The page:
words Justin McGuirk
A graphical lexicon of the skin art of Russia’s convict classes impresses.
For 50 years or more Danzig Baldaev frequented the Soviet Union’s prisons, hospitals and city morgues. It was a personal project that took him to these places, but his profession granted him ease of access. Baldaev lost 58 family members to exile or the gulag and yet he ended up working first as a prison warden and then as a criminal investigator. His father, an ethnologist, was imprisoned as an “enemy of the people”, and it was at his suggestion that the young prison supervisor began to document the tattoos of the inmates.
Here was a history of the republics to parallel the official version. On the skins of thieves and hooligans existed an iconography so rich and impenetrably elaborate that even the KGB supported Baldaev’s work when so many other cultural historians had written themselves into a ticket to Siberia.
“For a long time all of us lived under the leadership of villains, tricksters and bandits,” writes Baldaev in the Russian Criminal Tattoo Encyclopaedia. No wonder he empathises with his subjects. With needle and ink they pricked their political commentary on shoulders, chests, fingers – even eyelids and penises. Horned Lenins, porcine Brezhnevs, vampiric Yeltsins (“I’m not a punk like Mishka Gorbachev, who only drinks ryazhenka”) – the one place you could get away with such images, and their sexually obscene variations, was on the incarcerated body. But for all the anti-Soviet invective, this wasn’t and isn’t genuine political dissent as much as plain rebelliousness, spleen-venting.
The only politics the hardcore inmate respects is the internal politics of organised crime. Among inveterate criminals, authority is measured by a hierarchical system of ornamentation: tattooed rings, epaulettes, acronyms and religious or pornographic iconography signify an underground social order. Your tattoos are your CV, and where one man’s winged skull says “boss” another’s ace of diamonds says “stool pigeon”. This language, which is evolved enough to send messages on couriers, is inviolate. If any unearned regalia is detected – any exaggerated work experience, say – it is removed with a knife, sandpaper or shard of glass.
An untattooed convict, of course, is a hopeless stooge. But that is far from the worst he can be, because just as tattoos communicate status they also enact justice. Much of the pornographic imagery, for instance, is free of any erotic or sexual subtext and is used just to degrade. A con who can’t pay a gambling debt might be branded a “blyad”, or whore, for which read social death. One’s badge of rank determines a strict behavioural stereotype, which, along with religious talismans protecting against “narks and the court”, contribute to the mythology of the “legitimate thief”.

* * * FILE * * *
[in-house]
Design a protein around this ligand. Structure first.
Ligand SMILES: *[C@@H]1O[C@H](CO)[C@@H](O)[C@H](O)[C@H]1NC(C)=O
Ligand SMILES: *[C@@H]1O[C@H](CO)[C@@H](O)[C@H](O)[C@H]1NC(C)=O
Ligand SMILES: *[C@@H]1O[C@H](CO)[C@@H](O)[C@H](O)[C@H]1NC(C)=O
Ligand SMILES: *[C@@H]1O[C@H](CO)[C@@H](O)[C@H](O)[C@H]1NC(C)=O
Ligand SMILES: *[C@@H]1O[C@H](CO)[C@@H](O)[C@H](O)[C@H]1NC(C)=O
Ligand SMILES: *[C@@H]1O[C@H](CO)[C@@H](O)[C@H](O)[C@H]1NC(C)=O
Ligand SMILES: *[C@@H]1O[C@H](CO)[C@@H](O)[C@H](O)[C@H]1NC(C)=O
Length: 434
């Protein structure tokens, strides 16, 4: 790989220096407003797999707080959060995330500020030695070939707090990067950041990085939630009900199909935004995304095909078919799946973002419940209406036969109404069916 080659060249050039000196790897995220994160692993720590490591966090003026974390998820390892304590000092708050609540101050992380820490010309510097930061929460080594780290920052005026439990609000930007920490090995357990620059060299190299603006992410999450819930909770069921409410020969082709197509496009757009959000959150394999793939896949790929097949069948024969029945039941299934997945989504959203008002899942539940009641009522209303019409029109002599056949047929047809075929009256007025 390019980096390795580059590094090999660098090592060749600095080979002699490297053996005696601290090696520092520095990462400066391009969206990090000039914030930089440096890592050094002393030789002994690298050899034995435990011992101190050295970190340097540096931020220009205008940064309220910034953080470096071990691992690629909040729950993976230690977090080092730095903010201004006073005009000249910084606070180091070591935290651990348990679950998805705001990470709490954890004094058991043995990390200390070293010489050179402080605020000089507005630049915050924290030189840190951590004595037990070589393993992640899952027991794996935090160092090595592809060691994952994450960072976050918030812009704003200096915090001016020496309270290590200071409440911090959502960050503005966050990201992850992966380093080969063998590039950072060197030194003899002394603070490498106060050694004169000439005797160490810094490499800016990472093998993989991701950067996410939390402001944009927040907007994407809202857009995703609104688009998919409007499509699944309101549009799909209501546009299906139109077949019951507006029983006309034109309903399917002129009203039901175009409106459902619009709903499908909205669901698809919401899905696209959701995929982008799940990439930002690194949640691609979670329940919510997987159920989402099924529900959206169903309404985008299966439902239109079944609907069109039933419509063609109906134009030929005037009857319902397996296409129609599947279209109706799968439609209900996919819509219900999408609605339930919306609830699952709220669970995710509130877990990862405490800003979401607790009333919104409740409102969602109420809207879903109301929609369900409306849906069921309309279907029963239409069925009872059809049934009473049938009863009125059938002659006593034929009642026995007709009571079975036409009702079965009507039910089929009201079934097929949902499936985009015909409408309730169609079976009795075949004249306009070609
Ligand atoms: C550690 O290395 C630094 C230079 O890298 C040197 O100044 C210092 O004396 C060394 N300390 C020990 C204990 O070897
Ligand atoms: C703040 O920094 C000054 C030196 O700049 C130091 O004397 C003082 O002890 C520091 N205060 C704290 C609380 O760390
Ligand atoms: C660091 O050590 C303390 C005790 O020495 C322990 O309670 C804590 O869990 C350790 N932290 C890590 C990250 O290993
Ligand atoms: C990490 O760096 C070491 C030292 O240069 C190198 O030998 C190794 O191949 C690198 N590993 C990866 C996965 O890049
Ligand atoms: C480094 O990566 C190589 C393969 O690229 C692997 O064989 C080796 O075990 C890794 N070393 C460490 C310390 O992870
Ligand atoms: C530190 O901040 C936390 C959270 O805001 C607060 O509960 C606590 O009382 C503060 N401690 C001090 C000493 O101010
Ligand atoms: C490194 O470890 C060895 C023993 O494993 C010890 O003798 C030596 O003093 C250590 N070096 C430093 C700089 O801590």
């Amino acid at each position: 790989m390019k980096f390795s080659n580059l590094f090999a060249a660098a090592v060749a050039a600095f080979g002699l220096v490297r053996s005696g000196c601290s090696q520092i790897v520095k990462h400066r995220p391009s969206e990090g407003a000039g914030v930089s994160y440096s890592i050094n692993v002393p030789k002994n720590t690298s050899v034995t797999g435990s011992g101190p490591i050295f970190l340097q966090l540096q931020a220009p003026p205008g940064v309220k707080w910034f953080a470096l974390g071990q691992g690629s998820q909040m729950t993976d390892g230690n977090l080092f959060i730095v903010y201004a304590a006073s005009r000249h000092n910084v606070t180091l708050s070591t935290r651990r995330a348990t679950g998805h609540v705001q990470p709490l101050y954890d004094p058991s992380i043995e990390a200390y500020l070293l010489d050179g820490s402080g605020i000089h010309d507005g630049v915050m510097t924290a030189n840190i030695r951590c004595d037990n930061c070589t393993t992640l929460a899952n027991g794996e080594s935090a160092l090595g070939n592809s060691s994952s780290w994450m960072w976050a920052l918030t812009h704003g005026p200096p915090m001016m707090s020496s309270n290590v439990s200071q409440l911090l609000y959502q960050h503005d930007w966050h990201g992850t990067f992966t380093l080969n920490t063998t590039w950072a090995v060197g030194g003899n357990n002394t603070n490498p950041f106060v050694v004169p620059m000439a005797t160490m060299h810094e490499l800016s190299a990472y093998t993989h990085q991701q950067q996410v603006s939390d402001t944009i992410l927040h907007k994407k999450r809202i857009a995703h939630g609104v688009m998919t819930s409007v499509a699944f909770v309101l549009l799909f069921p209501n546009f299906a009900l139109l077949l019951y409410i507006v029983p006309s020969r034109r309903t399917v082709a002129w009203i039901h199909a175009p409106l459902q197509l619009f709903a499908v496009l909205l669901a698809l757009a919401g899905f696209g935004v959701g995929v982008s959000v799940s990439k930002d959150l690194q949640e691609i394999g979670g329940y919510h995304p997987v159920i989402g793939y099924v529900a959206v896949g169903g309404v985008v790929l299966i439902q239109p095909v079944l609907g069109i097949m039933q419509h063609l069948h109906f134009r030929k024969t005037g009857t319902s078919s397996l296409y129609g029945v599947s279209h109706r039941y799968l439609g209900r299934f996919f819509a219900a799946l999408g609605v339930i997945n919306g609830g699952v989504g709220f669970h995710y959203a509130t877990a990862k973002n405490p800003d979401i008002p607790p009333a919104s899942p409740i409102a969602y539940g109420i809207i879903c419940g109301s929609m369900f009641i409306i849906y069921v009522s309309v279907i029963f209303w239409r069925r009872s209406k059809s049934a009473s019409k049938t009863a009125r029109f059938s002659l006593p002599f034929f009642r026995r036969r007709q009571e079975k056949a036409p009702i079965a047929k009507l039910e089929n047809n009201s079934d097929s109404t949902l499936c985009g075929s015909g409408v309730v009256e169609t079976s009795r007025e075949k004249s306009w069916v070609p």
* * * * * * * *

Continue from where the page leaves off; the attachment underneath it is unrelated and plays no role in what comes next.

Half of the book is dedicated to female tattoos, but they make no concessions to the fairer sex. “If you’re unfaithful I’ll cut your balls off,” reads one, from the hip of a convicted hooligan, and you couldn’t mistake the imagery. But underneath Baldaev’s painstaking drawings, it is when he is able to tell us something about the person that a sense of social tragedy emerges. Some of these women are in jail for stealing food for their children or for killing men who tried to rape them. On a woman’s stomach in 1971 Baldaev found a barbed-wire heart inscribed: “I never hold anything heavier than a glass or a prick in my hand … I’m no Soviet serf.” Underneath, Baldaev simply writes: “She lived at flat 150, 4 Veselnaya Street in Leningrad and was stabbed to death by her lover, K Gerasimov, a chauffeur, in a jealous fit of rage.”
This is a remarkable book, even if it does rely on a certain morbid fascination. Here is an iconographic language understood in and out of correctional institutions from St Petersburg to Siberia and across Central Asia. These are not mere doodles but often sprawling, allegorical art works consuming entire torsos, inspired by icons and even Raphael madonnas. Their owners may have some of the toughest faces you’ve ever seen but the language is accessible to most of Russian society, such is the pervasiveness of mafia culture.
Like trustafarian mockney in London, Moscow society finds prison jargon chic. And this is, as the introductory essay notes, “ of our country has passed through the camps and every second has been through the army ‘zones’. And we honest, upright philistines and law-abiding petty bourgeois have long ago become used to seeing ourselves in the role of noble bandits, downtrodden victims and fearless inhabitants of tattoed slums.”
Russian Criminal Tattoo Encyclopaedia, by Danzig Baldaev, Steidl, £14.50